Aubyn Hill, Financial Gleaner COLUMNIST
Financial pain has arrived with a biting urgency and it is pervasive - it's everywhere.
The bitter medicine prediction, which sunk Andrew Holness' chances of being prime minister at the end of 2011, has arrived with noxious potency under the leadership of prime minister Portia Simpson Miller.
She was politically savy and astute enough not to promise the kind of economic medicine she is now obliged to administer, albeit at the hands of her Minister of Finance Dr Peter Phillips.
Over the weekend, Phillips was stark in his caution to businesses and investors not to continue to depend on trading government paper in order to make (easy) money. Commercial traders were chided to get into the productive areas of our economy and stop thriving on the importation of foreign goods.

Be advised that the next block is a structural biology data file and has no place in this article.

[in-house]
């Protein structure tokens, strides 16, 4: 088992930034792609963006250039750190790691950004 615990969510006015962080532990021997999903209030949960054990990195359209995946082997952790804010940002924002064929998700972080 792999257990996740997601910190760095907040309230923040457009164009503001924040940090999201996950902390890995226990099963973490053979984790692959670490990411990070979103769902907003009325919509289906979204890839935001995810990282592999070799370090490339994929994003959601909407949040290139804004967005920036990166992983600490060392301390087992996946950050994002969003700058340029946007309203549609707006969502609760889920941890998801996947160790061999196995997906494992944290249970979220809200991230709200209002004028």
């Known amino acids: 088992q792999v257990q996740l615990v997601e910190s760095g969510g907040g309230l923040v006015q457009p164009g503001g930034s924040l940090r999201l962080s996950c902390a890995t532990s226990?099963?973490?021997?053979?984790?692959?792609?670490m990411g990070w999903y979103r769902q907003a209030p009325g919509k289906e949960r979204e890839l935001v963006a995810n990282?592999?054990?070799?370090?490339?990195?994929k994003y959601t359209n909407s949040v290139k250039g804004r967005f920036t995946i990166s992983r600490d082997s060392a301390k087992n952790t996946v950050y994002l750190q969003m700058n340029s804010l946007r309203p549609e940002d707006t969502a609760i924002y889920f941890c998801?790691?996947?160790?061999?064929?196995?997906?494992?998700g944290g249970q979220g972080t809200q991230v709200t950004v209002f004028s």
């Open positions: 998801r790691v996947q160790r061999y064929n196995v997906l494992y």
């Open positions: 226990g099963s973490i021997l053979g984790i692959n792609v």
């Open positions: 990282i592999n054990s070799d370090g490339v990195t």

Phillips was clearly making the case that these importers are hurting our balance-of-payments position and using income from poor and getting-poorer Jamaicans to finance jobs for workers in the countries from which these importers buy the non-productive consumer goods they sell locally.
Minister Phillips wants companies who have had large government-paper portfolios to change their business models by looking at societal and individual needs, and then take ideas from concept to production to meet these needs.
Maybe he plans to tax consumer imports some more as inducement to importers to follow his production advice. No one could call this is bad advice given the unsustainably large excess cost of imports over the revenues we earn from exports.
Dr Phillips also took full aim at banks.
"Bankers will have to return to the business of banking rather than just simply purchasing (government) paper," he said at a press briefing last week at his ministry.
Given the severe and very unprofitable result of JDX, NDX and NDX2 on banks, this was a bitter pill from the minister to the banks and bankers.